From On Philantropy

As a tantalizing opening to the ServiceNation summit conference convening today in New York City, presidential candidates Barack Obama and John McCain appeared at Columbia University last night to lay out their views on public service. They appeared back-to-back, sharing the stage only momentarily, to answer questions from Judy Woodruff of PBS and Richard Stengel of Time Magazine.

Earlier in the day, Senators McCain and Obama had appeared together at ceremonies at the World Trade Center marking the anniversary of the September 11, 2001 attacks, honoring those lost in New York as well as at the Pentagon and in the crash of Flight 93 in Shanksville, PA.

ServiceNation is a campaign calling upon more Americans to volunteer as individuals, and to work as a group to encourage the President and Congress to “enact a new era of voluntary service and civic engagement in America.” In their responses to the interviews last night, both Obama and McCain expressed strong support for the concept of service, evincing subtle differences in their approaches.

John McCain, for example, centered the focus of volunteer service at the national level, echoing John F. Kennedy’s call to Americans to serve their country, while Sen. Obama spoke to the value of working at the community level. He referred to his own experience as a community organizer in Chicago after law school “no disrespect to the president of this fine institution” [Columbia, which he attended] as “the best education I had.”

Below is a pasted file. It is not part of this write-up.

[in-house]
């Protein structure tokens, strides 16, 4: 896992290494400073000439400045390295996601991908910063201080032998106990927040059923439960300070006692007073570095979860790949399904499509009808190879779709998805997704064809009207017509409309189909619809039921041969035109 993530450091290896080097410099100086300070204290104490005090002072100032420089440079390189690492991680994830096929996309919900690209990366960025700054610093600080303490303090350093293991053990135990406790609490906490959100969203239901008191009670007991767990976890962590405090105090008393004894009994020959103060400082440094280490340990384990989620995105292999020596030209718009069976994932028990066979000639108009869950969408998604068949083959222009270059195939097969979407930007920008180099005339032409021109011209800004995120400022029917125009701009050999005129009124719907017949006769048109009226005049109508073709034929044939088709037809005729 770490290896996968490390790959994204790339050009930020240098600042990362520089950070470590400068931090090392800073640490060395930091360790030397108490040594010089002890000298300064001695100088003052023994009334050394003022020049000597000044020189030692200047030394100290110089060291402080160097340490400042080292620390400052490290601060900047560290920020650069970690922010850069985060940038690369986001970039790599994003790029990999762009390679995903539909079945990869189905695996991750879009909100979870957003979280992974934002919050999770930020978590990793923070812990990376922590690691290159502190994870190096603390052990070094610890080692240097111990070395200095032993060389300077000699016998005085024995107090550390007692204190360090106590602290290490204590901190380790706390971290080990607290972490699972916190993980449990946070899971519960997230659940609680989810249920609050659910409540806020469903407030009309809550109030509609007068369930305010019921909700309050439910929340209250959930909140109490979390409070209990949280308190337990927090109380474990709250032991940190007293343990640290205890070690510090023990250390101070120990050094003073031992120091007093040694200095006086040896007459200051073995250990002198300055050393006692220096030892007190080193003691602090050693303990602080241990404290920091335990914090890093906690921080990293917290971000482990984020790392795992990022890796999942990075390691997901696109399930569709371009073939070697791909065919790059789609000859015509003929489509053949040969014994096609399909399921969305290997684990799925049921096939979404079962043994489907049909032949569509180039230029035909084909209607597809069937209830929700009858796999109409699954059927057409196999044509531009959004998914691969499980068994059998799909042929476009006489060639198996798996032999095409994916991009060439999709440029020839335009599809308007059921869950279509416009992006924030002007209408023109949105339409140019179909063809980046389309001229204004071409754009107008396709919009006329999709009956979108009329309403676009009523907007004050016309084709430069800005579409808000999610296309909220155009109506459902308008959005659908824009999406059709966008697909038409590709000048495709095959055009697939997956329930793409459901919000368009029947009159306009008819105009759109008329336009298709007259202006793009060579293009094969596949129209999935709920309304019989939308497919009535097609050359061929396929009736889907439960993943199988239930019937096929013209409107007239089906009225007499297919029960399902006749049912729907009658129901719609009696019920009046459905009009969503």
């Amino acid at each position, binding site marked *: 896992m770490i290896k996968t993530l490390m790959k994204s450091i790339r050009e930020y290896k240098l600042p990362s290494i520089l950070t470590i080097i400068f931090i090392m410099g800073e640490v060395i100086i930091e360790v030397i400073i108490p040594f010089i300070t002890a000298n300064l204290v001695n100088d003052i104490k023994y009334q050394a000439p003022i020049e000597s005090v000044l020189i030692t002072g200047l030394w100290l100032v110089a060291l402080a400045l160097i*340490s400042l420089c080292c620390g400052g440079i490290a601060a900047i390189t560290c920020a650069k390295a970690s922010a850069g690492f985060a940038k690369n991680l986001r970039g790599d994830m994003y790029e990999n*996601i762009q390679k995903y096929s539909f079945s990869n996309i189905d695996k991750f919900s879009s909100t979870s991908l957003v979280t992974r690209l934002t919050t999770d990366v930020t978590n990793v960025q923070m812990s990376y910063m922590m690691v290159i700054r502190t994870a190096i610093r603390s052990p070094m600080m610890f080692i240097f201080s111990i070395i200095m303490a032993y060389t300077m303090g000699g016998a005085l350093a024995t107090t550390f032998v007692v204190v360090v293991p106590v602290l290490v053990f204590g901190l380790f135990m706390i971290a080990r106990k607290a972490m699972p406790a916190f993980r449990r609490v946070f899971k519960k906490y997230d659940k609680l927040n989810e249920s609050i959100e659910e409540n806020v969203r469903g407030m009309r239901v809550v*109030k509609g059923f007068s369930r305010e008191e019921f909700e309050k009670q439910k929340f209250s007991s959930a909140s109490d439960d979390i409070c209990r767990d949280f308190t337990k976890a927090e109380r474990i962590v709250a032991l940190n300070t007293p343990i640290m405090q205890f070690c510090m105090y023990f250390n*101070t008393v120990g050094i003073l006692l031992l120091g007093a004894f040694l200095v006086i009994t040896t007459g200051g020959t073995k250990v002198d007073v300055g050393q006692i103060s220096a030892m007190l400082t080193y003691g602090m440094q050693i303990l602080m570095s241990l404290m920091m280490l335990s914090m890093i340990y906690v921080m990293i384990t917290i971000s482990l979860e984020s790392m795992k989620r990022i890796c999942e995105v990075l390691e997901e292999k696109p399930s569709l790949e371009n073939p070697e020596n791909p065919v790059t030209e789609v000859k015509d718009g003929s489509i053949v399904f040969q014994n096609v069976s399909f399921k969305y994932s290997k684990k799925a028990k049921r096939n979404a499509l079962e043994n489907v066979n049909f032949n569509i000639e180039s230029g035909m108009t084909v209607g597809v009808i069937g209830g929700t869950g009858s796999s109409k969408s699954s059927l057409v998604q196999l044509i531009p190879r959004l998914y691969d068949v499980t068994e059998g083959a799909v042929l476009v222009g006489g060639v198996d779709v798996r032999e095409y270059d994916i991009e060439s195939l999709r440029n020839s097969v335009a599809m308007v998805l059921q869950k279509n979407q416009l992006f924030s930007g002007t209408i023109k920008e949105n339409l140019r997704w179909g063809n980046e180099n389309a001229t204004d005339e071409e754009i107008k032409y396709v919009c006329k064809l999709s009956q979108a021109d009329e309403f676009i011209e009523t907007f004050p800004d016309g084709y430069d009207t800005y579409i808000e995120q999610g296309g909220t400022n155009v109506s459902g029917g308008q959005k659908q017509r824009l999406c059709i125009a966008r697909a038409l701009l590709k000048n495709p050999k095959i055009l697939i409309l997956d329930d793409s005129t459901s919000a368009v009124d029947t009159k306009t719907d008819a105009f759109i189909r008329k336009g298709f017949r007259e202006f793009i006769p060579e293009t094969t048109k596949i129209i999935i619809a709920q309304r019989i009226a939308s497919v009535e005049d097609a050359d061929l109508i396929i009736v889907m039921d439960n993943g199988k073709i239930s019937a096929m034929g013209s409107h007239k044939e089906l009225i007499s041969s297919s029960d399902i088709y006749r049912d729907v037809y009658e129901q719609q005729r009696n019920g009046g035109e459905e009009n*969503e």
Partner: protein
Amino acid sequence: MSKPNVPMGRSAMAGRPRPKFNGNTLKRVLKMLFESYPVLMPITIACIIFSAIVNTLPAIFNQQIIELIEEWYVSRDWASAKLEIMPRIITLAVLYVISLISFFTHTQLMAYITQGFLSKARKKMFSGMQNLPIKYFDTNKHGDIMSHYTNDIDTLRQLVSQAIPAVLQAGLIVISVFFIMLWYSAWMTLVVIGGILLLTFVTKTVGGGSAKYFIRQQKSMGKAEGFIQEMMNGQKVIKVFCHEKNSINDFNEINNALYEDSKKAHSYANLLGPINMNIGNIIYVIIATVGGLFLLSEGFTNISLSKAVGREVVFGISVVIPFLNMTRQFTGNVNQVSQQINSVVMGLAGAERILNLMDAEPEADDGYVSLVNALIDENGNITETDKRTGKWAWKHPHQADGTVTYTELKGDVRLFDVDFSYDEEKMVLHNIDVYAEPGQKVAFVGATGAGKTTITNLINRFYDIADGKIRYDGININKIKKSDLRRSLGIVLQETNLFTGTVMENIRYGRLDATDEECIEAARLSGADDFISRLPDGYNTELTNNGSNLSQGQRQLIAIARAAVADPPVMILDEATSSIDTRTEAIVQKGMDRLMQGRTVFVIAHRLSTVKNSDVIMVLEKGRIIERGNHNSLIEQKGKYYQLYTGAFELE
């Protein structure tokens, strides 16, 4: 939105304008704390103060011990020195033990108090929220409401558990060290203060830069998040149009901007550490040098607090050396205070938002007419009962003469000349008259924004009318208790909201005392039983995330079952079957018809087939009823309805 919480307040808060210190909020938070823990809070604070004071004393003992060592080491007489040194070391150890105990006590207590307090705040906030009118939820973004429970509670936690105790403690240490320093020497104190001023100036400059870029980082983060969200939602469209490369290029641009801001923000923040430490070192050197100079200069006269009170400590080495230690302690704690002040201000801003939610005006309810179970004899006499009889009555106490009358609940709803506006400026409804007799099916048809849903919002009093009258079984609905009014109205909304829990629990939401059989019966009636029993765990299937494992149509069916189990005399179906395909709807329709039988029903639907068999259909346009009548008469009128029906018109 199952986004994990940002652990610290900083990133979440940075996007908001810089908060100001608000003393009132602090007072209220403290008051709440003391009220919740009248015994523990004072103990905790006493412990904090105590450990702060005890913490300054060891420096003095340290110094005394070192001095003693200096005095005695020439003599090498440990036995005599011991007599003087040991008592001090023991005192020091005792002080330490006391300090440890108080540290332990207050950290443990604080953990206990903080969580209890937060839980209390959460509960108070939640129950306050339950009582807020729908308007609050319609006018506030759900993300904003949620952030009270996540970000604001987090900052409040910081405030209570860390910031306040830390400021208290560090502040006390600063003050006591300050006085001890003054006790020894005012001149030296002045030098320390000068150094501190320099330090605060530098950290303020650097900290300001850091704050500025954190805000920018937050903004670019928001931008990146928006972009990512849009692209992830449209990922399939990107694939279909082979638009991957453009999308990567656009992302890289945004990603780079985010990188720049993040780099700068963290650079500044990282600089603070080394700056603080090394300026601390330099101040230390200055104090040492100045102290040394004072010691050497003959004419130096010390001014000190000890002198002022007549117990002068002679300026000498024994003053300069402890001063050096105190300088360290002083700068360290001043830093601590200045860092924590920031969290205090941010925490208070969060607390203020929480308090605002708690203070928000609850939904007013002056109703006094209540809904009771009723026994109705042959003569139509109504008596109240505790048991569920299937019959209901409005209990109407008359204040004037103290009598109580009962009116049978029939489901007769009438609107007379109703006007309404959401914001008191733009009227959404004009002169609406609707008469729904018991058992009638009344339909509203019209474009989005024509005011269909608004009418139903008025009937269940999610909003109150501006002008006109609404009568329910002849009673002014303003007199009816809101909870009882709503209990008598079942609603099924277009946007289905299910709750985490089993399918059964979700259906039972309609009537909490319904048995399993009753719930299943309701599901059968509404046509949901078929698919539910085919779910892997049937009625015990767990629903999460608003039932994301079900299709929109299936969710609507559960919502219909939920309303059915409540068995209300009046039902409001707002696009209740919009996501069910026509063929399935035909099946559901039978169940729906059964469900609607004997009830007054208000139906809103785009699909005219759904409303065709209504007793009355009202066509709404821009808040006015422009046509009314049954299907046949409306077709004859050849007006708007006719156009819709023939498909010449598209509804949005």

Judy Woodruff, in questioning John McCain earlier, had asked if he had indicated to his own campaign that derisive comments about the work of a community organizer at the Republican convention were not the type of language he’d like to hear in a campaign discussion. McCain responded by pointing out that he’d called upon Obama to meet him in a series of town hall debates, and if Obama had accepted his challenge “the tone of this campaign would be better.”

Asked if he would sign legislation introduced by Sens. Edward Kennedy and Orrin Hatch to triple the size of Americorps and the Peace Corps, McCain said he would.

One area where Obama focused his call to action at the national level, unlike McCain, was in saying that he would have urged Americans to reduce their dependence on foreign oil in the weeks following the September 11 attacks, rather than “tell Americans to go shopping,” a criticism often voiced about President Bush.

Overall, however, one of the main differences in Obama and McCain’s approach to volunteer service is in the level of federal government involvement. McCain stated his reluctance to have the government take on roles that voluntary, faith-based organizations, or the private sector, could do better. “I don’t think if FedEx and Target were in charge,” referring to FEMA’s response to Hurricane Katrina, “we’d had had ice trucks wind up in Maine.”

Obama outlined a different relationship between the government and voluntary sector,
saying that the federal government should encourage greater opportunities to serve. In addition to programs like Americorps and the Peace Corps, where he also supports expansion, he’d create an Energy Corps to increase our energy efficiency and mobilize seniors – a resource McCain had also called “underutilized. “The government can provide avenues,” Obama said, also voicing support for college tuition assistance to incentivize volunteers. “ The president can inspire people to get outside themselves and get involved, something I think I can do as president,” Obama added, citing his election campaign as evidence that large numbers of Americans were willing and eager to give their time.

To get a real sense of what the atmosphere was like at last night’s forum, and follow today’s conference on ServiceNation, we invite you to read the blog posts from onPhilanthropy’s Future Leaders in Philanthropy (FLiP) corps of bloggers:

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About the Author

Susan Carey Dempsey, Editor-in-Chief of onPhilanthropy, is an Executive Vice President of Changing Our World, Inc., a leading philanthropic consulting firm counseling nonprofits on successful fundraising strategies. She can be reached at